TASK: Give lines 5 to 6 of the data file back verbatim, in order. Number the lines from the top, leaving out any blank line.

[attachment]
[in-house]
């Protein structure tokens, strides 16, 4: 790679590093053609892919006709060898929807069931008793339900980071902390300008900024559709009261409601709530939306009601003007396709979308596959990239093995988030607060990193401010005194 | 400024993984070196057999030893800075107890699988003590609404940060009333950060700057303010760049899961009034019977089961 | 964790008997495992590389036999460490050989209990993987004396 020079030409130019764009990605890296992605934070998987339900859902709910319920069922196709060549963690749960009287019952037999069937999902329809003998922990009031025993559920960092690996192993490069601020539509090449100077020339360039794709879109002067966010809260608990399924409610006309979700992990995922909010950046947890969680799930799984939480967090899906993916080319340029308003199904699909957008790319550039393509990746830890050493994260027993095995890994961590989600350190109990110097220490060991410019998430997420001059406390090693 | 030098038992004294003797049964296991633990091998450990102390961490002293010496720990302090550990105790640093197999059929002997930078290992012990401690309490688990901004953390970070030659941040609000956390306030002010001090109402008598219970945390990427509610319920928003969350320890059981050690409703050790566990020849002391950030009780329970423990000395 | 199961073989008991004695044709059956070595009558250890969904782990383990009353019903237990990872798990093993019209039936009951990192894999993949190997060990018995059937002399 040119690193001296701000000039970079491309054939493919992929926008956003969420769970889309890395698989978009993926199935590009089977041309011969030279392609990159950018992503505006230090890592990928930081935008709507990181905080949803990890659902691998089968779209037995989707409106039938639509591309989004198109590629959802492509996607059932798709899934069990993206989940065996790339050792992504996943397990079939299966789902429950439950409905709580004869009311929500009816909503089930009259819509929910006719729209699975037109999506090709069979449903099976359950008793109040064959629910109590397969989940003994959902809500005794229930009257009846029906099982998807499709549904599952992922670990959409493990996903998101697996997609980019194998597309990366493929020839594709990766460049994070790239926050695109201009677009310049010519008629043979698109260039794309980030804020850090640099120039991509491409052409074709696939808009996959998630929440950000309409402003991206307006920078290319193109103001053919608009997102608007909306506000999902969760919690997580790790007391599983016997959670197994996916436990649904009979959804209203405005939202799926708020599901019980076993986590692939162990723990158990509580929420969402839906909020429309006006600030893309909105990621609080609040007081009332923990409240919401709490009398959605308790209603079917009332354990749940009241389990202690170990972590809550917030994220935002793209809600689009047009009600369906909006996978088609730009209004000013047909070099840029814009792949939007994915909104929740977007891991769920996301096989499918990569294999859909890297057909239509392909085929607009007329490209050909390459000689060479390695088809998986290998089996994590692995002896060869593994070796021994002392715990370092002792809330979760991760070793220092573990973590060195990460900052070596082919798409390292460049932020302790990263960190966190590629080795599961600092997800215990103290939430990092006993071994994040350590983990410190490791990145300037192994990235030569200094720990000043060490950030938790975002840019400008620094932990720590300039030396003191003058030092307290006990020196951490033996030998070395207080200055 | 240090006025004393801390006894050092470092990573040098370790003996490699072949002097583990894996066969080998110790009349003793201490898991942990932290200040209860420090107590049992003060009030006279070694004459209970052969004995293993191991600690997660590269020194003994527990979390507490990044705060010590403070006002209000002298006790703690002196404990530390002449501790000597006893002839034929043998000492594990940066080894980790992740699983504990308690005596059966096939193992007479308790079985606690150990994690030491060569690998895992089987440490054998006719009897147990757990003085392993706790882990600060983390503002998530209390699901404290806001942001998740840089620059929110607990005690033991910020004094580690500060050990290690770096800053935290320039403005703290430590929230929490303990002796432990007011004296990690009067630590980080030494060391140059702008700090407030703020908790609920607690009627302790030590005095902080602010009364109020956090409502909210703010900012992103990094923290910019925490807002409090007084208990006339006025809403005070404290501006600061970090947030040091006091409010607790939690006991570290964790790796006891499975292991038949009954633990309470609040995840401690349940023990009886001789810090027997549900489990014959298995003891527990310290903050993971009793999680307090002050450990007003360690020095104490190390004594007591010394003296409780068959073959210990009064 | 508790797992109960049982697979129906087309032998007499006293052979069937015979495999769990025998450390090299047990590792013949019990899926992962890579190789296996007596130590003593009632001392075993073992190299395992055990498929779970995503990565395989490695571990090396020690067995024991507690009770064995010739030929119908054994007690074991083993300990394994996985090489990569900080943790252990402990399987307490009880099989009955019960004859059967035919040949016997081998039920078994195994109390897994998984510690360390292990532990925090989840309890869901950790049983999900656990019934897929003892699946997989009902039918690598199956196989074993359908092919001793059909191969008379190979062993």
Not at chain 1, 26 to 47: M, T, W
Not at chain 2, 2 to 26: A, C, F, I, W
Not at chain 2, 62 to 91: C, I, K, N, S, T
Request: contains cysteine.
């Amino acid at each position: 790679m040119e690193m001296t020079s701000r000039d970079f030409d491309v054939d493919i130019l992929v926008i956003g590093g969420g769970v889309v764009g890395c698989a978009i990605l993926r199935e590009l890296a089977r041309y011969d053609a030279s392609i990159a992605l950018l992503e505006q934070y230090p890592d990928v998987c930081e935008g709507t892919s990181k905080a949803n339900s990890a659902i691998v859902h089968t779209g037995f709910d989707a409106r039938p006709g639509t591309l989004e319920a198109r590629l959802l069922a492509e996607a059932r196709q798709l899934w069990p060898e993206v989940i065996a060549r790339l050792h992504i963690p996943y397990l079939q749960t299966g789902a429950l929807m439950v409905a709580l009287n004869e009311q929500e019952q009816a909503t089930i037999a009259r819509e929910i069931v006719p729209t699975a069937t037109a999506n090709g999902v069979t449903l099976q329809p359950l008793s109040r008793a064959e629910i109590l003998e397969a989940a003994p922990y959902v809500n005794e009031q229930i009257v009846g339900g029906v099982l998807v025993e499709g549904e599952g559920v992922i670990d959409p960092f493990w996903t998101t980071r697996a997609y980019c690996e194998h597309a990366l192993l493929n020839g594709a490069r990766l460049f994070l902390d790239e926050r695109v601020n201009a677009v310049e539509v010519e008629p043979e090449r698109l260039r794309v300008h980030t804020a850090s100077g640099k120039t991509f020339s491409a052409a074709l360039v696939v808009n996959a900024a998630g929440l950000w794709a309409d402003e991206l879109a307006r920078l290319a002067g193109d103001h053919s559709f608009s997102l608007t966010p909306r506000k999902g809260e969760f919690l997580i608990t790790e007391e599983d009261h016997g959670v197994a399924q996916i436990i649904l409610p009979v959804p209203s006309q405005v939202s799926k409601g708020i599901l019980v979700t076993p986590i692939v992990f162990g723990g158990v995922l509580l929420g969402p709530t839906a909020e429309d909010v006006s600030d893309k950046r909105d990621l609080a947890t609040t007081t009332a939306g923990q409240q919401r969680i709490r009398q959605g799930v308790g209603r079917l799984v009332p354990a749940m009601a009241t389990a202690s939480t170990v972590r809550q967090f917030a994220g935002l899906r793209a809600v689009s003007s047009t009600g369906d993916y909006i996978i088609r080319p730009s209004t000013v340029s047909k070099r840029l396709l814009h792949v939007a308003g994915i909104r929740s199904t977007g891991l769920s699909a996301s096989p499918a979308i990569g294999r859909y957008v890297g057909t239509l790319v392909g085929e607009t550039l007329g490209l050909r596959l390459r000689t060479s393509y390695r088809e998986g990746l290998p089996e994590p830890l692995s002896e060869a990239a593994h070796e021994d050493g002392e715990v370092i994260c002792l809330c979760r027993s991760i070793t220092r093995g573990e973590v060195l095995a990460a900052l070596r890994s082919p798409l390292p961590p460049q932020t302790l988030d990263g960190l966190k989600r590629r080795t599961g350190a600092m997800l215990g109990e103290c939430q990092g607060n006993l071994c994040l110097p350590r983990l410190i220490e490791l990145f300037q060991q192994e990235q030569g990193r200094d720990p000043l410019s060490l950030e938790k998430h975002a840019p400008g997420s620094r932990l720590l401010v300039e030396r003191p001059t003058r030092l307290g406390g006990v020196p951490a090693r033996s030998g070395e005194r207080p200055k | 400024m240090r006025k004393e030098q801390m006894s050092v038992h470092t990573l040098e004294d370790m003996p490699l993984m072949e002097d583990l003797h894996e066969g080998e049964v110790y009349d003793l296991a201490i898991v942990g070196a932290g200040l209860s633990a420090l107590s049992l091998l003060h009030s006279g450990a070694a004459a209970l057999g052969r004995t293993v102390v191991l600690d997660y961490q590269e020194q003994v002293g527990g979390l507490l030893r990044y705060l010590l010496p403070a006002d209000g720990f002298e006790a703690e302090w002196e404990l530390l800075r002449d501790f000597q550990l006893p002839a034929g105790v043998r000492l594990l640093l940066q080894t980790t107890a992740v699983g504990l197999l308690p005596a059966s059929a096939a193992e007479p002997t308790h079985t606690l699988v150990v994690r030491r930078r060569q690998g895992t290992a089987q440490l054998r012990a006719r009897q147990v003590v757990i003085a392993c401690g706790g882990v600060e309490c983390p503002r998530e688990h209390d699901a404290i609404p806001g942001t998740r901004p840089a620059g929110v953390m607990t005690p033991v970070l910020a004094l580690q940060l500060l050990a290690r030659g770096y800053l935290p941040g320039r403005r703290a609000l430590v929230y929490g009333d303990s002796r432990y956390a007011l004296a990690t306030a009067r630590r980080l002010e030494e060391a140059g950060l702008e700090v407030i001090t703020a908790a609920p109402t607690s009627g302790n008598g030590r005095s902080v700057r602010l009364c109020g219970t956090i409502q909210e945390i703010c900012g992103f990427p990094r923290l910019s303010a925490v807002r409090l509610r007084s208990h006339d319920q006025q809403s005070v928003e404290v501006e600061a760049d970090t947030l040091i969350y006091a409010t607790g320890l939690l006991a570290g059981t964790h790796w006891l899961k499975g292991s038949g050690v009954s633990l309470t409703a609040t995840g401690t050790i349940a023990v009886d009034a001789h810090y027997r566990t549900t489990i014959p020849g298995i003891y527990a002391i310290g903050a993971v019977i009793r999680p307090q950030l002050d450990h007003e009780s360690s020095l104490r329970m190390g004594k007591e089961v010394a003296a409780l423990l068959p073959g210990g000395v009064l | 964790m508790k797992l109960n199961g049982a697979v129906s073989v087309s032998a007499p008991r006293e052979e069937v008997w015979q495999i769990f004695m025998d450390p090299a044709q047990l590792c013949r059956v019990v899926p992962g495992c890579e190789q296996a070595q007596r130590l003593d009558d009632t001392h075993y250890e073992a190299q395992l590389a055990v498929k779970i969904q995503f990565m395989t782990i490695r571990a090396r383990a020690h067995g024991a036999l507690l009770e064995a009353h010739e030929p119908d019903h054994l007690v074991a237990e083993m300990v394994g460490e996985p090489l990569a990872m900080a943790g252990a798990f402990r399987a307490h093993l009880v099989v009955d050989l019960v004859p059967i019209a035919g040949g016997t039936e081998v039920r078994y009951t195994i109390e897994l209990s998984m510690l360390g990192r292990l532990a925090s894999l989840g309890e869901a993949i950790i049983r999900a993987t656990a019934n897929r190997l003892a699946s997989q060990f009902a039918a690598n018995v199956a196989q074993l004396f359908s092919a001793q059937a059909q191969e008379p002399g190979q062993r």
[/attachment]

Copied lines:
Not at chain 2, 62 to 91: C, I, K, N, S, T
Request: contains cysteine.